My mom decided it was time to give me the ol’ sex talk when I came home asking my older sister to interpret terms I’d never before heard. Terms tossed around by neighborhood junior high girls wearing excessive eyeliner. Terms that cocked a fourth-grader’s head and had her wondering what a cherry, much less a “popped cherry,” had to do with anything.
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In the weeks before our cross-country move to a small condominium in the Boston area, our house became bulimic.
Certain realizations hit you much harder than others. Realizing you may have gone from a career woman to a freakin’ housewife in a matter of a few short months, despite years and years of rolling your eyes at pie-baking and baby-making? Well, as I’ve discovered, that’s one heavy-handed blow right there.
November in the Boston area is full of impending doom. For someone who just moved here from Vegas, it’s clear that something bad — something very, very bad — is about to happen. It’s called winter.
I woke up one morning, in 2001, singing a single line from a hit song at the time. Not the chorus, just one line that caught me: “And on the way I grabbed Soley and Mia.” I sang it enough times that morning to annoy my boyfriend, who wanted to know why I chose that line, of all the lines in Blu Cantrell’s “Hit ’em Up Style” to sing over and over.
Ally wants her Ariel doll. I’ve never met Ally, but she’s standing next to me in line at the Orlando International Airport, where, just like at Disney World, there are signs telling people how long they can expect to wait. It will be 15 minutes before we reach the security checkpoint.
Surely, my daydreams used to be much sexier than this. They may not have looked like one of the calendars an administrative assistant has tucked in her drawer, Mr. October being her secret favorite, but no way did they ever star a washer and dryer.
If you’re a woman working in corporate America, you’ve probably heard of the wage gap. If you’re a parent living with expressions such as “adorbs” and “bestie” on a daily basis, you’re familiar with the generation gap.
I worried a neighbor would hear us rooting for the Detroit Tigers. You may have heard, they faced the Boston Red Sox in the American League Championship Series and lost, sending what is now our local team to the World Series.
Every workplace is cursed with one. Every extended family learns to endure one. Every church tolerates, well, several of them. But when a busybody poisons your condominium building, a place where you escape every other life nuisance, things reach a whole new level of “mind your own damn business.”
Las Vegas is about 400 miles from my hometown of West Valley City, Utah. That’s about a six-hour drive, which translates to less than one full workday. Or three on-demand movie rentals. Or two college football games.
Las Vegas was supposed to be a pit stop for me, a layover between aspirations and realizations. Ten years later, you could say plans got revised.
“Hi! as you know my name is Xazmin Garza. I’m 11 years old. I’m in the sixth grade. …”
And, of course, the homeless man who makes his way to his turf at the same time you exit the highway. He usually holds a brown bag. His silver hair is combed back off his leathery, brick-red face. He stumbles like a toddler learning to walk and occasionally directs traffic.
Within two minutes of meeting, she mentioned she was a recovering sex addict. Who knows when it’s appropriate to reveal that kind of information, but it’s probably not sometime between stowing baggage in the overhead compartment and fastening seat belts.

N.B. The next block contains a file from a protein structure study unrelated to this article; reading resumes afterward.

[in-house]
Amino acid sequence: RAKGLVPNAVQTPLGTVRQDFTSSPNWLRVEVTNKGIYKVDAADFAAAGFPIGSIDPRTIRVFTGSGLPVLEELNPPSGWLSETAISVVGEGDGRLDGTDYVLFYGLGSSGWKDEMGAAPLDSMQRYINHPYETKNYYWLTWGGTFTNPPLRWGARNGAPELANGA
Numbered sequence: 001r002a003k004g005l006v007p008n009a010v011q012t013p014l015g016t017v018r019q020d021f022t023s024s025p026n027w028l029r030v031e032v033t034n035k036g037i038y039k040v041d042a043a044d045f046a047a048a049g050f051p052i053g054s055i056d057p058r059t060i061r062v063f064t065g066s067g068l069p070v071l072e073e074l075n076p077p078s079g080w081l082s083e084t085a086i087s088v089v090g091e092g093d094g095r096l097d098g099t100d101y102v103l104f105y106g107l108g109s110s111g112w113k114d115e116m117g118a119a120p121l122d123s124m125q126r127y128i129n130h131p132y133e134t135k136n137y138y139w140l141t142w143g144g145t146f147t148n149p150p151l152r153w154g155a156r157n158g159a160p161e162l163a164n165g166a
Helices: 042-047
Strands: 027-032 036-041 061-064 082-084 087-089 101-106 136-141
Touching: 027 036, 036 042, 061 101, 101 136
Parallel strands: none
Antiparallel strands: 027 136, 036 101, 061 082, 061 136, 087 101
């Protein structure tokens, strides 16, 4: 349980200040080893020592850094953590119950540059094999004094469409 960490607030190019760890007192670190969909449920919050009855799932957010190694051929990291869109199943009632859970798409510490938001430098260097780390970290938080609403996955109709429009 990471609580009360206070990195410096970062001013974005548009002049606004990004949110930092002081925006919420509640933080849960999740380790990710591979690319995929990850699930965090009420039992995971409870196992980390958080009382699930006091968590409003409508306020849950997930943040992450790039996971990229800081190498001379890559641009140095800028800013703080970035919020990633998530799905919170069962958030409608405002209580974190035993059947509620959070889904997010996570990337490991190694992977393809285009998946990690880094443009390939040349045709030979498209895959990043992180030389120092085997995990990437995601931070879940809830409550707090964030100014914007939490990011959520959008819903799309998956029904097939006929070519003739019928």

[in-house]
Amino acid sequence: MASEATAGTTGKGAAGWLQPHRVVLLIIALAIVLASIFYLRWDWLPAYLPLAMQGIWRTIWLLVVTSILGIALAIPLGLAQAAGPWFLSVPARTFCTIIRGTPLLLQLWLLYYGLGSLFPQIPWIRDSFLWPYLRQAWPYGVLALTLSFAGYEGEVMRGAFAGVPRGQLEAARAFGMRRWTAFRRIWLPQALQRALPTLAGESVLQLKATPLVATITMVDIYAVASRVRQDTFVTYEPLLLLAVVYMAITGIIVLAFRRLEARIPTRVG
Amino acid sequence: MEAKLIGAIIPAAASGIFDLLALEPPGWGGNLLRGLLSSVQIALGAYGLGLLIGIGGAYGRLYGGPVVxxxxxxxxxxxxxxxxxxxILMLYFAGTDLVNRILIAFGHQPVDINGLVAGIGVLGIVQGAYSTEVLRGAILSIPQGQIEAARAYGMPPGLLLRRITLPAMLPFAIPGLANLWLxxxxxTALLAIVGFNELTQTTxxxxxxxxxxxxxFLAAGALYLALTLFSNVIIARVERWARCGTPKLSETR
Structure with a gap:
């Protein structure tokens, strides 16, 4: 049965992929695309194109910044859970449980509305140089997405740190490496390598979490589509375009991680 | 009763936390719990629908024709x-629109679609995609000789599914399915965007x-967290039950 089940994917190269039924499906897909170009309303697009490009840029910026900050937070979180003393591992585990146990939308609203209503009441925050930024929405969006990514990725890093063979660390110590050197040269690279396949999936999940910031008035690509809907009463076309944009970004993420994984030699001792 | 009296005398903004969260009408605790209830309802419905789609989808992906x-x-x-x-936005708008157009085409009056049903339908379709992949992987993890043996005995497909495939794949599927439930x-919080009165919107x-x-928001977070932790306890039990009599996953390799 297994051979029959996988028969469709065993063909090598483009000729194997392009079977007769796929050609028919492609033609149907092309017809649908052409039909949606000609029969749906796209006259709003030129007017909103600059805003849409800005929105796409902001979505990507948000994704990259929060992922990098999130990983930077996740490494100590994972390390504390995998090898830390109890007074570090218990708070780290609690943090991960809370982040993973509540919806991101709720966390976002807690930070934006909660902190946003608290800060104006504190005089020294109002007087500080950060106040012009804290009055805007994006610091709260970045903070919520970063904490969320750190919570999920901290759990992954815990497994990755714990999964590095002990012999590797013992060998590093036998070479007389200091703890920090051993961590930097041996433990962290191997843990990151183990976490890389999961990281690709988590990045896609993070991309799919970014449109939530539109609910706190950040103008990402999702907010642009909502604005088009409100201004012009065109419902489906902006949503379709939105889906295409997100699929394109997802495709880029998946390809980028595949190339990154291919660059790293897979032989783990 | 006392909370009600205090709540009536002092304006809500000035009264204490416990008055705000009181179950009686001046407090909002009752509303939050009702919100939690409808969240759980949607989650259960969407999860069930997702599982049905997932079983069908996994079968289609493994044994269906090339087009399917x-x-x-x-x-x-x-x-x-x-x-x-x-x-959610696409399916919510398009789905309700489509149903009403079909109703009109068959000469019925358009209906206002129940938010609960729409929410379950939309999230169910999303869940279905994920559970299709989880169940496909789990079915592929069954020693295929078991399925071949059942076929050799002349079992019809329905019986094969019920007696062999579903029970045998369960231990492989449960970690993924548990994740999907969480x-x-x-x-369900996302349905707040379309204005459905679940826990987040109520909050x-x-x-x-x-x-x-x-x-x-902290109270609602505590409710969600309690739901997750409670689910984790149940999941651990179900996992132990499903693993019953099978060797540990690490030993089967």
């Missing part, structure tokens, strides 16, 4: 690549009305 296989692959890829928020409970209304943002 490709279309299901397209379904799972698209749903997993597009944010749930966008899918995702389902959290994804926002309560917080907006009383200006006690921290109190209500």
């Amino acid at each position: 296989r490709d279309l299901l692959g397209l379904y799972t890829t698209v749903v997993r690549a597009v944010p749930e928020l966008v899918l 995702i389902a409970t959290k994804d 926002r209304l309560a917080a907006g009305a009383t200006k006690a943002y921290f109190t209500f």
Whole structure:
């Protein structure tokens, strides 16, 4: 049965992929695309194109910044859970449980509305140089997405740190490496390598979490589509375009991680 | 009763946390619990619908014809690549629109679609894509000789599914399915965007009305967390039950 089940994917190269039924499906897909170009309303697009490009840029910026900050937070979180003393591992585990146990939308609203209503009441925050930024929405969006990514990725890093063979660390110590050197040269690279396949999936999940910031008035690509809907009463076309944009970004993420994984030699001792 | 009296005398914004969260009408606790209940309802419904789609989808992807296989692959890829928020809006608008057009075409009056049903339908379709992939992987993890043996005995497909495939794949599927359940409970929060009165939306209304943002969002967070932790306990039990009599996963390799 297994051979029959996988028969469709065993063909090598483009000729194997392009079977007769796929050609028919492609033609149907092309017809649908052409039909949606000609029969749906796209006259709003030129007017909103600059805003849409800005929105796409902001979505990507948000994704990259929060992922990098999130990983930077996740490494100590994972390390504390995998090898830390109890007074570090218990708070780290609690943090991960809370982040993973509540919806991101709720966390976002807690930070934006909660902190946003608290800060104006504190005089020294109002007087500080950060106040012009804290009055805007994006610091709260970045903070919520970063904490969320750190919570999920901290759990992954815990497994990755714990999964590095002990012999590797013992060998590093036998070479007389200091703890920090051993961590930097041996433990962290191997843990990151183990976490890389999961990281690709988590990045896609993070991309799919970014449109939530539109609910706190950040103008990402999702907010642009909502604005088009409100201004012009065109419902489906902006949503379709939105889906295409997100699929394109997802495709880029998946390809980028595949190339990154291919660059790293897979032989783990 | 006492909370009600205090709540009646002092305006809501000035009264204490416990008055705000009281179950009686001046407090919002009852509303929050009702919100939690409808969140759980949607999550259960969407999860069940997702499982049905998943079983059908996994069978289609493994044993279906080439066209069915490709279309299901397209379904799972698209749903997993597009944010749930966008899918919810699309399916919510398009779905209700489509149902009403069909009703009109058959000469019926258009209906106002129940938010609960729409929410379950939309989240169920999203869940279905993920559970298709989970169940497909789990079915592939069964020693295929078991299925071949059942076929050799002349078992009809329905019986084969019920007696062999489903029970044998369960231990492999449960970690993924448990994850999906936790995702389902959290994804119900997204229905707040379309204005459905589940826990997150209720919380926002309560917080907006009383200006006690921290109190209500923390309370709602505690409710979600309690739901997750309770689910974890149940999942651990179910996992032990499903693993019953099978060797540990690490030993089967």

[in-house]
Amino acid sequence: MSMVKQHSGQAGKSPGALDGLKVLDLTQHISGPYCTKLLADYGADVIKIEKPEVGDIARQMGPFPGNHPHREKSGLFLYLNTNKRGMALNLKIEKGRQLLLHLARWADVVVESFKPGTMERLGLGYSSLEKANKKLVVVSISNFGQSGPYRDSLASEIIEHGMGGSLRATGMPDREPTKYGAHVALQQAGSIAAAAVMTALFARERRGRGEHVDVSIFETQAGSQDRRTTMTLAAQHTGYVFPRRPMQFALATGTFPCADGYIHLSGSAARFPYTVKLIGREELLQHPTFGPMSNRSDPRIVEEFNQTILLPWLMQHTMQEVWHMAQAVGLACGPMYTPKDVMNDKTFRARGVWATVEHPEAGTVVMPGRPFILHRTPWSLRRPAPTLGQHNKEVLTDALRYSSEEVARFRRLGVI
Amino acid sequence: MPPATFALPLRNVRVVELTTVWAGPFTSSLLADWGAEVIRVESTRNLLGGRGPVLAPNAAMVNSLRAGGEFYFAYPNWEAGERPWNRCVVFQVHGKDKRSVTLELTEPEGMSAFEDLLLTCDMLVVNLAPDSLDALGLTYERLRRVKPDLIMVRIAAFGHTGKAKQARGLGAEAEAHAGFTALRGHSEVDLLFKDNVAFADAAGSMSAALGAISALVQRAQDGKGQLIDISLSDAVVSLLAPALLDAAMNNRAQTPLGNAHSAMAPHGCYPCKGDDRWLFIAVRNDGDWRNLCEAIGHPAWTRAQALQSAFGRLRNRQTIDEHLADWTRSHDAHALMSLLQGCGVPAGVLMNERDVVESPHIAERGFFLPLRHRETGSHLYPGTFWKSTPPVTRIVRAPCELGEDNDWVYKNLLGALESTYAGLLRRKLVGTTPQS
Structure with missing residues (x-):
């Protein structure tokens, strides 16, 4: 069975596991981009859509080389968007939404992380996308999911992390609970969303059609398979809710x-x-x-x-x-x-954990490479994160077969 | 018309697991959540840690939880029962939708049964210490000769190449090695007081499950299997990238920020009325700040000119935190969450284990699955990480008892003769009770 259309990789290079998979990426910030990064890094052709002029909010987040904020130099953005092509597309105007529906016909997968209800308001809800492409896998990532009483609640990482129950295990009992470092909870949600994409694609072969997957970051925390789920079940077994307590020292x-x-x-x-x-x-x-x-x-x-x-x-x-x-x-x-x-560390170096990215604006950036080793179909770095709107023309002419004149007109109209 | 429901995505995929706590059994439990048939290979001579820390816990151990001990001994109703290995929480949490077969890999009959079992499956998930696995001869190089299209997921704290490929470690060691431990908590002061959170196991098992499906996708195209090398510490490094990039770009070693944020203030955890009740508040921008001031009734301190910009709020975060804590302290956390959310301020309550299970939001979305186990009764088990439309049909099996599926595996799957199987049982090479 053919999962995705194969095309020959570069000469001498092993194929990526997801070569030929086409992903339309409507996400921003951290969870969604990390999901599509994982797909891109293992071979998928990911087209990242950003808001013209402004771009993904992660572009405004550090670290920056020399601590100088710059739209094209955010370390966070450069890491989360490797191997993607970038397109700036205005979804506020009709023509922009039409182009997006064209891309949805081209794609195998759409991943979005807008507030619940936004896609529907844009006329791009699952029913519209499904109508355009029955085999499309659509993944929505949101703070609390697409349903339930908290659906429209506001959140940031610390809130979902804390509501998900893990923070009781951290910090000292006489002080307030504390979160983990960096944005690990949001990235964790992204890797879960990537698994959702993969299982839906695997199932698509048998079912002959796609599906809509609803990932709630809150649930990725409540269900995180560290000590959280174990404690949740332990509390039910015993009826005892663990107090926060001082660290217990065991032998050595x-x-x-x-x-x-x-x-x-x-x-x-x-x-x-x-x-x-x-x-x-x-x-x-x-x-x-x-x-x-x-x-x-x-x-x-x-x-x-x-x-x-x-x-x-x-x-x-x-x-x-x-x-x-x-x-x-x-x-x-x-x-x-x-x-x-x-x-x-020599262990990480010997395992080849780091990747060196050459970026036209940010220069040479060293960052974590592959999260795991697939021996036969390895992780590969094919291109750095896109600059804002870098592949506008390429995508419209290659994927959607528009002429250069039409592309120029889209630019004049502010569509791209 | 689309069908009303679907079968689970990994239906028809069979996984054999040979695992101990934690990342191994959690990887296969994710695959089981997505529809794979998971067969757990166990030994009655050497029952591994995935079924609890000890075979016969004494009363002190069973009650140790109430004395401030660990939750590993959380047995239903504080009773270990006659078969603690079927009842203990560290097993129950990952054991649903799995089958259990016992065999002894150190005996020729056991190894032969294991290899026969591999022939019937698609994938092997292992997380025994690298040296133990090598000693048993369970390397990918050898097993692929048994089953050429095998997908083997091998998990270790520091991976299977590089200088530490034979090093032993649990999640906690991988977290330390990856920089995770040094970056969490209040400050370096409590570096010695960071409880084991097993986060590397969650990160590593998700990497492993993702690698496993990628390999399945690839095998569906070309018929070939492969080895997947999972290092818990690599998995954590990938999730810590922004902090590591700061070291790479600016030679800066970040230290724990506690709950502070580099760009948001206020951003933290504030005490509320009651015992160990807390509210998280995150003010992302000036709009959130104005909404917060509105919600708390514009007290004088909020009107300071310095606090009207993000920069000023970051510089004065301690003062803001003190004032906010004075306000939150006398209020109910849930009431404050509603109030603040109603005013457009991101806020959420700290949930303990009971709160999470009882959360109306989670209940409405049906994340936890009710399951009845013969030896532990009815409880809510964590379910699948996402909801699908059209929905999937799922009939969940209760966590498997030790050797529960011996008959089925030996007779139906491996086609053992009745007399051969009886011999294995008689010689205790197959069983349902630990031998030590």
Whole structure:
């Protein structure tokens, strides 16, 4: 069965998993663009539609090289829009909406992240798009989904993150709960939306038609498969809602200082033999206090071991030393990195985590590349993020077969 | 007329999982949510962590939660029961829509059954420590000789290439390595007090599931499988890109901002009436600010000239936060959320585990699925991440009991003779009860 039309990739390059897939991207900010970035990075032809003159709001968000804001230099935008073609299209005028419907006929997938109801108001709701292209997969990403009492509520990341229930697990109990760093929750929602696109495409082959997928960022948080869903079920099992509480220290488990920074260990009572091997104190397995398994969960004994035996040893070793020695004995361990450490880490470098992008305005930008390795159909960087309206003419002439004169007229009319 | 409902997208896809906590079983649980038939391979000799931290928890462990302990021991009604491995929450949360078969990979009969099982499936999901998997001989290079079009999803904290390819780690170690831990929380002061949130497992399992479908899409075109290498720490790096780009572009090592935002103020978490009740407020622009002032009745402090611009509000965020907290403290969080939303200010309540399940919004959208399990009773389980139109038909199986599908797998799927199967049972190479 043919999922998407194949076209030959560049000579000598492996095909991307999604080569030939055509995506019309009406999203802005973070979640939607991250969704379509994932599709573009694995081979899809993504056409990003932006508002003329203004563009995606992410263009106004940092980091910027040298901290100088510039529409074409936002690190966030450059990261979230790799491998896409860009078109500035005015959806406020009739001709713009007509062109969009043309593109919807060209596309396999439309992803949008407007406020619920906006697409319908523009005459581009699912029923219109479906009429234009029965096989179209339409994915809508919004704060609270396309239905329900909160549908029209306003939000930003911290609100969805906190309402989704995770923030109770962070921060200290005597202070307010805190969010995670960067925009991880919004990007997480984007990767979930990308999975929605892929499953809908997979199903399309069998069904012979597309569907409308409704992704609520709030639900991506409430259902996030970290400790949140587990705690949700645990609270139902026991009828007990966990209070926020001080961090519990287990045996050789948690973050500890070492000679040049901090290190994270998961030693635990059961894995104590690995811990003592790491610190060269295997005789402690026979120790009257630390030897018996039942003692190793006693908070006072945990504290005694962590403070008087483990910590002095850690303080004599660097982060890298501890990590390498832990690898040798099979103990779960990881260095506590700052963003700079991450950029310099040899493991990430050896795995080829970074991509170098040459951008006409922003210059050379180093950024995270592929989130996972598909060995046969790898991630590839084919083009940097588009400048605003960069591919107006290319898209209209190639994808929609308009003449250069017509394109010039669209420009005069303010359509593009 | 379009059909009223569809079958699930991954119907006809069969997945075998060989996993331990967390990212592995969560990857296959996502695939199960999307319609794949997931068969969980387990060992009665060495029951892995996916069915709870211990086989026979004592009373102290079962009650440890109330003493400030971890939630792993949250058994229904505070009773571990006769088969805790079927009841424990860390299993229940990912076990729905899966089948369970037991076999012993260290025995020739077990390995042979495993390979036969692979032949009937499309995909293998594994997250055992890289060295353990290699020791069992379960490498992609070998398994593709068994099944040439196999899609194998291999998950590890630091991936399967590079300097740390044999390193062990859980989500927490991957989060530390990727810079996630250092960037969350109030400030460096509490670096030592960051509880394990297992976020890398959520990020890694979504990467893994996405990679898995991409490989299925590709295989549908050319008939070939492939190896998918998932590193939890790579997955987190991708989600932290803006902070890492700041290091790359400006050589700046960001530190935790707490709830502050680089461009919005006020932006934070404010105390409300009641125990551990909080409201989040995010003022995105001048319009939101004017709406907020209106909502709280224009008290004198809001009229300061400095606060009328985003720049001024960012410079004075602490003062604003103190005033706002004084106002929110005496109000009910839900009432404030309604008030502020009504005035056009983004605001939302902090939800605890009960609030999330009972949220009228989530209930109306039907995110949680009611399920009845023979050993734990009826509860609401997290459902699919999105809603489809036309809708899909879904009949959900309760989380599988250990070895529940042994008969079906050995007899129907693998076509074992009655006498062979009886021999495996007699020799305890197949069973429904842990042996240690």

There are four kids in my family. I’m the third child and the middle daughter, which means I have the unique privilege of having both a younger and older sister.
My Las Vegas house is about 1,800 square feet with a decent backyard and a two-car garage that offers plenty of storage space. The condominium my husband and I will occupy when I move to Massachusetts in two months is 800 square feet.
Five hundred dollars can change someone’s life. It can mean the difference between paying rent and an eviction notice. It can mean three meals a day or a fridge holding nothing but spoiled milk and ketchup. It can mean you’re content or you’re screwed.
There’s nothing more telling of a society’s priorities than condolences. Not just any condolences. Condolences that arrive during nontragic times.
When visiting a new city and true local living reveals itself, I find it nothing short of refreshing. But when it happens in a city I’ll call home come September, it’s more like forecasting.
It wasn’t even a softball question. It was more of the T-ball persuasion. The judge set it up so nicely for her, 40 percent of “women are the primary earners, yet they continue to earn less than men. What does this say about society?”
Dreamers are advised not to marry other dreamers. Everyone knows clouds don’t provide sturdy, stable homes. And without a cold splash of reality, someone could end up holding more lottery tickets than jobs.
If you’ve ever worn headphones with the sound on mute, you might get it. If you prefer a game of Solitaire over Spades, the concept may appeal to you. But, if you’ve ever sat down in a crowded restaurant, placed an order and enjoyed every bite of your meal while staring at an empty chair, you’re already on board.
All the loved ones have gathered. The commencement speakers have taken their seats. And, “Pomp and Circumstance,” the orchestral music synonymous with this event, has just started playing.
They were there all of 20 minutes before the “Days of Our Lives” rehearsals began. Take five women out of a car they’ve occupied for five-plus hours and it’s bound to happen. A disagreement spurs hurt feelings spurs not one, but two dramatic exits.
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